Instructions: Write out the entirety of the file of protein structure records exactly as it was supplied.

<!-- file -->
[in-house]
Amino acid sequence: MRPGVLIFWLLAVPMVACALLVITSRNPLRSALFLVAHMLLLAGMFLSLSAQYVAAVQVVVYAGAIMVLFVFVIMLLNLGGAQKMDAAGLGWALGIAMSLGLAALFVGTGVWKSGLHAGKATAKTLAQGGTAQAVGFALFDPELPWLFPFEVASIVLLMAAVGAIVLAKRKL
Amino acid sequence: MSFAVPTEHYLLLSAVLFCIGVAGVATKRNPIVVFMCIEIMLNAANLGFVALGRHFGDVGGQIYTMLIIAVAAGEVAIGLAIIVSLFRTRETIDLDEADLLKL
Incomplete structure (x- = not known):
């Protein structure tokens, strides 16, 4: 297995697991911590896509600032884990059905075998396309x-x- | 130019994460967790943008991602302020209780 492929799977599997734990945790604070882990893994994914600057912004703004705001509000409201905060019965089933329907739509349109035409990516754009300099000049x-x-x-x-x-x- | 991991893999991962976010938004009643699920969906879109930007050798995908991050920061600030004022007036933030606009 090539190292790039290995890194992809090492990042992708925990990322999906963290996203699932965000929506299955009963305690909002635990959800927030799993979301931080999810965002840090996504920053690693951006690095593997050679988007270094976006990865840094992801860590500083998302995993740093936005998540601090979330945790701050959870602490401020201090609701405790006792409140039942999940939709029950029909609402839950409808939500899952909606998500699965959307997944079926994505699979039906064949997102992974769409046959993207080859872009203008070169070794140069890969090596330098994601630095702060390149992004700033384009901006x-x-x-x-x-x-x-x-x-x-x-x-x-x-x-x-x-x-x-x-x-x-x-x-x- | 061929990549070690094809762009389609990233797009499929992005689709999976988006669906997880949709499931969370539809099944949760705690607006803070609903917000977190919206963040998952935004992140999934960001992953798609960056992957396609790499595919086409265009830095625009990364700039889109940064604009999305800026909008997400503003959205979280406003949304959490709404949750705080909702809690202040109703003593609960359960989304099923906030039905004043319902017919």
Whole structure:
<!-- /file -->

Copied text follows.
[in-house]
Amino acid sequence: MRPGVLIFWLLAVPMVACALLVITSRNPLRSALFLVAHMLLLAGMFLSLSAQYVAAVQVVVYAGAIMVLFVFVIMLLNLGGAQKMDAAGLGWALGIAMSLGLAALFVGTGVWKSGLHAGKATAKTLAQGGTAQAVGFALFDPELPWLFPFEVASIVLLMAAVGAIVLAKRKL
Amino acid sequence: MSFAVPTEHYLLLSAVLFCIGVAGVATKRNPIVVFMCIEIMLNAANLGFVALGRHFGDVGGQIYTMLIIAVAAGEVAIGLAIIVSLFRTRETIDLDEADLLKL
Incomplete structure (x- = not known):
């Protein structure tokens, strides 16, 4: 297995697991911590896509600032884990059905075998396309x-x- | 130019994460967790943008991602302020209780 492929799977599997734990945790604070882990893994994914600057912004703004705001509000409201905060019965089933329907739509349109035409990516754009300099000049x-x-x-x-x-x- | 991991893999991962976010938004009643699920969906879109930007050798995908991050920061600030004022007036933030606009 090539190292790039290995890194992809090492990042992708925990990322999906963290996203699932965000929506299955009963305690909002635990959800927030799993979301931080999810965002840090996504920053690693951006690095593997050679988007270094976006990865840094992801860590500083998302995993740093936005998540601090979330945790701050959870602490401020201090609701405790006792409140039942999940939709029950029909609402839950409808939500899952909606998500699965959307997944079926994505699979039906064949997102992974769409046959993207080859872009203008070169070794140069890969090596330098994601630095702060390149992004700033384009901006x-x-x-x-x-x-x-x-x-x-x-x-x-x-x-x-x-x-x-x-x-x-x-x-x- | 061929990549070690094809762009389609990233797009499929992005689709999976988006669906997880949709499931969370539809099944949760705690607006803070609903917000977190919206963040998952935004992140999934960001992953798609960056992957396609790499595919086409265009830095625009990364700039889109940064604009999305800026909008997400503003959205979280406003949304959490709404949750705080909702809690202040109703003593609960359960989304099923906030039905004043319902017919």
Whole structure: